"The mentorship has greatly benefited our business"
Mentoring schemes are not a new idea in business - quite the opposite, in fact. Their benefits - increased confidence and knowledge, better networking, longer-lasting working relationships - are well-known. But in an industry where women still make up just 14% of the executive-level employees, is mentoring part of the answer to improving women’s career progression?
This is the second piece of our Women in Finance series, where we take a closer look at the issue of gender equality in financial services - particularly barriers to women’s career progression, based on a report by the CIPD which stated that ‘existing barriers to women achieving senior positions include: perceptions about women’s potential; stereotypes; an absence of role models; careers information and guidance; career breaks; caring responsibilities; full time working being the existing norm; a lack of talent spotting; and a lack of mentoring’.
Mentoring is defined by the CIPD simply as ‘a relationship in which a more experienced colleague shares their greater knowledge to support the development of an inexperienced member of staff’. While this definition makes no requirement of a formal arrangement, a number of formal mentoring schemes have made strides in financial services.
One such scheme is EY’s 30% Club, which now boasts 2,500 mentors and mentees and 107 organisations. Founded initially to achieve a minimum of 30% representation for women on FTSE 100 boards, its cross-company and cross-sector approach now works to identify the key ‘pivot points’ at which male and female career paths diverge within an organisation and support women at that point through mentoring from ‘seasoned professionals (both men and women) with substantial business experience who hold leadership roles’.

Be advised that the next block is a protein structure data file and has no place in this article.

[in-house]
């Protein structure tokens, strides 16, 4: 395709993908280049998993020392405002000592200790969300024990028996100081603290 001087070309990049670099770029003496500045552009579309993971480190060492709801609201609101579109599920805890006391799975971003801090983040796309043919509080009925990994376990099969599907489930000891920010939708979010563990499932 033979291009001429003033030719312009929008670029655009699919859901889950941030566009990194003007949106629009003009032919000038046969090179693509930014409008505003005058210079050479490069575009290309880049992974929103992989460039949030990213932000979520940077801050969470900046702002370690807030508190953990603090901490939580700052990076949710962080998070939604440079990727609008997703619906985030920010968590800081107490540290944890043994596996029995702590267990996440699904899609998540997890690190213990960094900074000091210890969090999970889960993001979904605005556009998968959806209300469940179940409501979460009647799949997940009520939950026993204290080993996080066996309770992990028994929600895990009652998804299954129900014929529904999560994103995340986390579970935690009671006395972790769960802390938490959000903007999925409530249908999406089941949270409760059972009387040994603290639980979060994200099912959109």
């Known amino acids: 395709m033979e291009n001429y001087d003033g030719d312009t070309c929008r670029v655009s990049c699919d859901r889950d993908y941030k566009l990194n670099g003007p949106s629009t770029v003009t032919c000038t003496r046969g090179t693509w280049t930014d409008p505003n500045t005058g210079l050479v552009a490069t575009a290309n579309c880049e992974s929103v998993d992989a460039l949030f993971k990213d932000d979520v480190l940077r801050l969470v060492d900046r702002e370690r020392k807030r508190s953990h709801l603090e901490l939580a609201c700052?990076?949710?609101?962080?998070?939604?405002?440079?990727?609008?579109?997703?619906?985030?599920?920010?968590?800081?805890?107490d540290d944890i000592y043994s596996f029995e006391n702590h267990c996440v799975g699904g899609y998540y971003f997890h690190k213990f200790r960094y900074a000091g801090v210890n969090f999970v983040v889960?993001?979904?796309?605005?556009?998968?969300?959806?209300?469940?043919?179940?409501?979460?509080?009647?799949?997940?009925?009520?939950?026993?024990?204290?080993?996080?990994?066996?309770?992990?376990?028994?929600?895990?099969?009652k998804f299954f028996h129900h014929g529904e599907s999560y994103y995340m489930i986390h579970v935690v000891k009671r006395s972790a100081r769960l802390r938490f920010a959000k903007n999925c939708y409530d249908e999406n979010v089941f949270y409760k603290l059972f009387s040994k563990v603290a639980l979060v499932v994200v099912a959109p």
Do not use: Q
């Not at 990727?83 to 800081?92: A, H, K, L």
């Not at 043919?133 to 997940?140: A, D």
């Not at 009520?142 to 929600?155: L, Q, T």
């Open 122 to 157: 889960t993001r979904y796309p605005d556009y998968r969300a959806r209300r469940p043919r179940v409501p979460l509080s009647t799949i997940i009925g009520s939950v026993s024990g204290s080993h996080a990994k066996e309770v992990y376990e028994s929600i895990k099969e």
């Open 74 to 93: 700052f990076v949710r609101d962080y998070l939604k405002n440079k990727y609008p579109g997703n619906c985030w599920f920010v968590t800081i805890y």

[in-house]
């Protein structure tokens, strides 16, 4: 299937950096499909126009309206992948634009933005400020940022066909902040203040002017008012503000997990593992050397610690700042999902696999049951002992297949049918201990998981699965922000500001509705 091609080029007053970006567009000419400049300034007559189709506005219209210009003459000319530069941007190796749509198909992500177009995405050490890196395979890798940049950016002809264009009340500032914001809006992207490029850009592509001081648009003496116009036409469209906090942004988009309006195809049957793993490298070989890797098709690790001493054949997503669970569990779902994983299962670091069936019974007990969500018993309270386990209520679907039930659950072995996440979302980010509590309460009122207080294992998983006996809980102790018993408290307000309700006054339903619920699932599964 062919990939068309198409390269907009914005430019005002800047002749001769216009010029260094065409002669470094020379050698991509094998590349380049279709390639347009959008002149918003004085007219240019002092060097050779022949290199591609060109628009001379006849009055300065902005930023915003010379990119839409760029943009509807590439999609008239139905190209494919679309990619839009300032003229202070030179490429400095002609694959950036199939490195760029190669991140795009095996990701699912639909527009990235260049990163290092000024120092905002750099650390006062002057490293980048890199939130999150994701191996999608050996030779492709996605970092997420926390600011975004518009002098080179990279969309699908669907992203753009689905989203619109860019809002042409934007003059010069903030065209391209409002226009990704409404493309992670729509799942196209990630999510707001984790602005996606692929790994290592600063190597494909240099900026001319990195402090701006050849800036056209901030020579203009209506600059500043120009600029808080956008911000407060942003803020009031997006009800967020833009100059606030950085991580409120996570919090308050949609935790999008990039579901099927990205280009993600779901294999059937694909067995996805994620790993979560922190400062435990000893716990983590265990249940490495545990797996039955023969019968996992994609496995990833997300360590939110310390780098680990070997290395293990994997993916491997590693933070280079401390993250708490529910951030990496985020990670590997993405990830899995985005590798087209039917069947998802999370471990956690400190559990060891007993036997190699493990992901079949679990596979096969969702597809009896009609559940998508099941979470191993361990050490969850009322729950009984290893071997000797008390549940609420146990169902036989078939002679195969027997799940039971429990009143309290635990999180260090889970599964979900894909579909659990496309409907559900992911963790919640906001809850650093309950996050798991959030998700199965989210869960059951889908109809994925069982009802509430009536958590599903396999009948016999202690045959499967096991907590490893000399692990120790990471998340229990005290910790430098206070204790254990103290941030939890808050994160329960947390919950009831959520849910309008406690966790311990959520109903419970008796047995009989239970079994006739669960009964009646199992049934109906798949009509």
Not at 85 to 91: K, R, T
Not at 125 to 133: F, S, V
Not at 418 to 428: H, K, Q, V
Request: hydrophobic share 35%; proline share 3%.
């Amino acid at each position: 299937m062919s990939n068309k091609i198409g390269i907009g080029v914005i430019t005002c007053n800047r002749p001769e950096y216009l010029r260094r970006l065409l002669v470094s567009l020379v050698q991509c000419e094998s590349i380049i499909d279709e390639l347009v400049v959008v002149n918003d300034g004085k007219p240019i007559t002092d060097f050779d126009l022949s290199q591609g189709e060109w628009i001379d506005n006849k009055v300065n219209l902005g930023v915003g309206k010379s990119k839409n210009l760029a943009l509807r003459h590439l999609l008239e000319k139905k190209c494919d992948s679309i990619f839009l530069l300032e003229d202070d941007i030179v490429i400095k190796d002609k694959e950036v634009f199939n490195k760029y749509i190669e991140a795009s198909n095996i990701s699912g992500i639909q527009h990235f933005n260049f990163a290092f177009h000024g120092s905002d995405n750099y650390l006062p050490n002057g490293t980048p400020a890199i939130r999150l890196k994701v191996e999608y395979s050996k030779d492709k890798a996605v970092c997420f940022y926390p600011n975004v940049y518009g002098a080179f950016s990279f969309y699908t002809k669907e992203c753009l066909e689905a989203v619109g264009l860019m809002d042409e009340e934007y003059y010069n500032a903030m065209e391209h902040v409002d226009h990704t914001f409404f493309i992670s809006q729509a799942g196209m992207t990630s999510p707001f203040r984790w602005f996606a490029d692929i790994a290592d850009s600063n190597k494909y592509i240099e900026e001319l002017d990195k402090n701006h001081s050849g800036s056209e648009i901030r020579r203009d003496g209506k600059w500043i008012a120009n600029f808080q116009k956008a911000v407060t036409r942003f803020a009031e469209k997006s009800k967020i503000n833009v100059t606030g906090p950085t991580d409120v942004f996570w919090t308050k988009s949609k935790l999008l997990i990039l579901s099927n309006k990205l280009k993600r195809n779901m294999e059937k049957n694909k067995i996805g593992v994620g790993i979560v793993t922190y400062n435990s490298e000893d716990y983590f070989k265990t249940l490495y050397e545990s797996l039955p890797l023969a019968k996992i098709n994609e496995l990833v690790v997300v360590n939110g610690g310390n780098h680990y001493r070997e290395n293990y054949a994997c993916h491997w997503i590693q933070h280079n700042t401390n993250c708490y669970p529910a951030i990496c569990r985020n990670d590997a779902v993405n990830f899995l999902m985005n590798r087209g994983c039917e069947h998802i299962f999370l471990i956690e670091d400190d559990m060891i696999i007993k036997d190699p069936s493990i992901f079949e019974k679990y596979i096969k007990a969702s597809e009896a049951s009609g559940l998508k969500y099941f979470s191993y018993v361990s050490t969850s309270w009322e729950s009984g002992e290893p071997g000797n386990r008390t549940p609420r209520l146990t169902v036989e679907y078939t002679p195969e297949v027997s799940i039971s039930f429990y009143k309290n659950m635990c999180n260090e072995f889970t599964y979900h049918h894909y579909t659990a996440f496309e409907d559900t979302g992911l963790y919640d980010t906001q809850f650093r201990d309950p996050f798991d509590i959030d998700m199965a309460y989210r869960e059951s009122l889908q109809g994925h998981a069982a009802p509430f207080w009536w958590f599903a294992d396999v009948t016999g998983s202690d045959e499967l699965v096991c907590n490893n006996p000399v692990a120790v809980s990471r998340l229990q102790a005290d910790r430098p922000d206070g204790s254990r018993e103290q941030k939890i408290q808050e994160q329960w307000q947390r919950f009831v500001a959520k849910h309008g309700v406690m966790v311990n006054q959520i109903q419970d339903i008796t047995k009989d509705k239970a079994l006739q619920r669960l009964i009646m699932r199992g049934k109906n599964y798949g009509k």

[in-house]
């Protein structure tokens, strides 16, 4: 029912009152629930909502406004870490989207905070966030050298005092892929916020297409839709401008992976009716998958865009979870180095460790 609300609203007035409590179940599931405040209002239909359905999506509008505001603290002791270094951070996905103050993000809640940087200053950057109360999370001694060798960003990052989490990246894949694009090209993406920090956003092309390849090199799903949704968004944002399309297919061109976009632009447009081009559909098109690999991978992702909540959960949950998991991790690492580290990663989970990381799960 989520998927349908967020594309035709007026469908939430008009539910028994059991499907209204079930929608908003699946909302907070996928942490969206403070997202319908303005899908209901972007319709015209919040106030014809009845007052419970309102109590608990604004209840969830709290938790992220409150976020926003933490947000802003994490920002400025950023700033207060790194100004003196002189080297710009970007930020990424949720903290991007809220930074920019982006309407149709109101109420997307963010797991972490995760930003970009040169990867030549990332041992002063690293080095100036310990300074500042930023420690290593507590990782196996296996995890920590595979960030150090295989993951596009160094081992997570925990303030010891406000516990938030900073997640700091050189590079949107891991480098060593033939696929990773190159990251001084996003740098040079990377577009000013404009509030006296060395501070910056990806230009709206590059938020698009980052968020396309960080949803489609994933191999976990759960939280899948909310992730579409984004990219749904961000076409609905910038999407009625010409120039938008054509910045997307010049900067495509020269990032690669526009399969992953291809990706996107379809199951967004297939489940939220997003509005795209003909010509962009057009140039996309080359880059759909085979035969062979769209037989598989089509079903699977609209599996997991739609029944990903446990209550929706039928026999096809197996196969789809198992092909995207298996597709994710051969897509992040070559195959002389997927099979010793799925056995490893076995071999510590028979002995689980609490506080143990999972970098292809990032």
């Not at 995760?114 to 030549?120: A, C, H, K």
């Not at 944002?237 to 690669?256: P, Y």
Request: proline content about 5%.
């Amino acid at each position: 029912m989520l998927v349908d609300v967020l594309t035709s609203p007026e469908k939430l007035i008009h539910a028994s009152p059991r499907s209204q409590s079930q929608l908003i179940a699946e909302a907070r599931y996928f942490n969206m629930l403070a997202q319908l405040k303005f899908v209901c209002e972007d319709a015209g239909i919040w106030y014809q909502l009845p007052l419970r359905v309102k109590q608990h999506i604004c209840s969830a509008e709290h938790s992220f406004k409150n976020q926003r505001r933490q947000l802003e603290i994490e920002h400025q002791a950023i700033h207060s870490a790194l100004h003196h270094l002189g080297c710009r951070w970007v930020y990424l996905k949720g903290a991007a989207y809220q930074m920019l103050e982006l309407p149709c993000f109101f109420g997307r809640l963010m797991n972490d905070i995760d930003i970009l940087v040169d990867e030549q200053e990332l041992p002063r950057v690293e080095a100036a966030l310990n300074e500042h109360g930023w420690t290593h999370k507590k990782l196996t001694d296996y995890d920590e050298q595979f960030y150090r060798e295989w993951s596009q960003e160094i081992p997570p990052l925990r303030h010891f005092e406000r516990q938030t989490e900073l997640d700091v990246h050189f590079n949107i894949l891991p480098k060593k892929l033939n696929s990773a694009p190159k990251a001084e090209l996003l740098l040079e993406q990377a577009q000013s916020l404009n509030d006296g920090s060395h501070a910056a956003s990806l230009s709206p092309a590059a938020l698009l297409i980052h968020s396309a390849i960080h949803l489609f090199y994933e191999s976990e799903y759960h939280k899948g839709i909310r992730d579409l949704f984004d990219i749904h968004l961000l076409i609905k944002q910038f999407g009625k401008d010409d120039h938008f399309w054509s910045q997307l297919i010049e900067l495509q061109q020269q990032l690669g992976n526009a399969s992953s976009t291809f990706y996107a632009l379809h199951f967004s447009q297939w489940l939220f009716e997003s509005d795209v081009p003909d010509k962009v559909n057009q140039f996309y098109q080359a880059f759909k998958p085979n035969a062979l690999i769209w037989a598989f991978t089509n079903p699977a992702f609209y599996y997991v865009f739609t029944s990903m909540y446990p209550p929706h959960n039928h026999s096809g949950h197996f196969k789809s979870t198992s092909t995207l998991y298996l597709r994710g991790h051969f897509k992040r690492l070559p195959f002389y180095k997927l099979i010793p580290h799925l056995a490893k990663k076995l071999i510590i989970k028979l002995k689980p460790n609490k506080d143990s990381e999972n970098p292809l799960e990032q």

Mentoring is one answer - but are we asking the right question?
The focus on the moment where a gender split emerges is important - the 30% Club’s ‘Cracking the Code’ report dismisses the myth that child-rearing causes the disparity where men’s attainment leapfrogs that of their female counterparts. The report acknowledges that women notice a ‘deceleration’ in their career progression at the time they start a family but also asserts that ‘at one or two levels below ExCo, the relatively low proportion of women being promoted within a relatively high proportion who choose not to leave suggests that some internal female candidates are being overlooked’.
This begs the question - are mentoring schemes placing the onus on women to be better instead of businesses? Much of the language surrounding mentoring places emphasis on improving the mentee’s abilities, confidence or - to borrow a phrase from Sheryl Sandberg’s 2013 novel, which discusses mentoring for women in the workplace - capacity to ‘lean in’.
So although mentoring schemes aimed at women are there to support their professional growth, it is important to note how they can be a tool to help drive ingrained bias within an organisation too.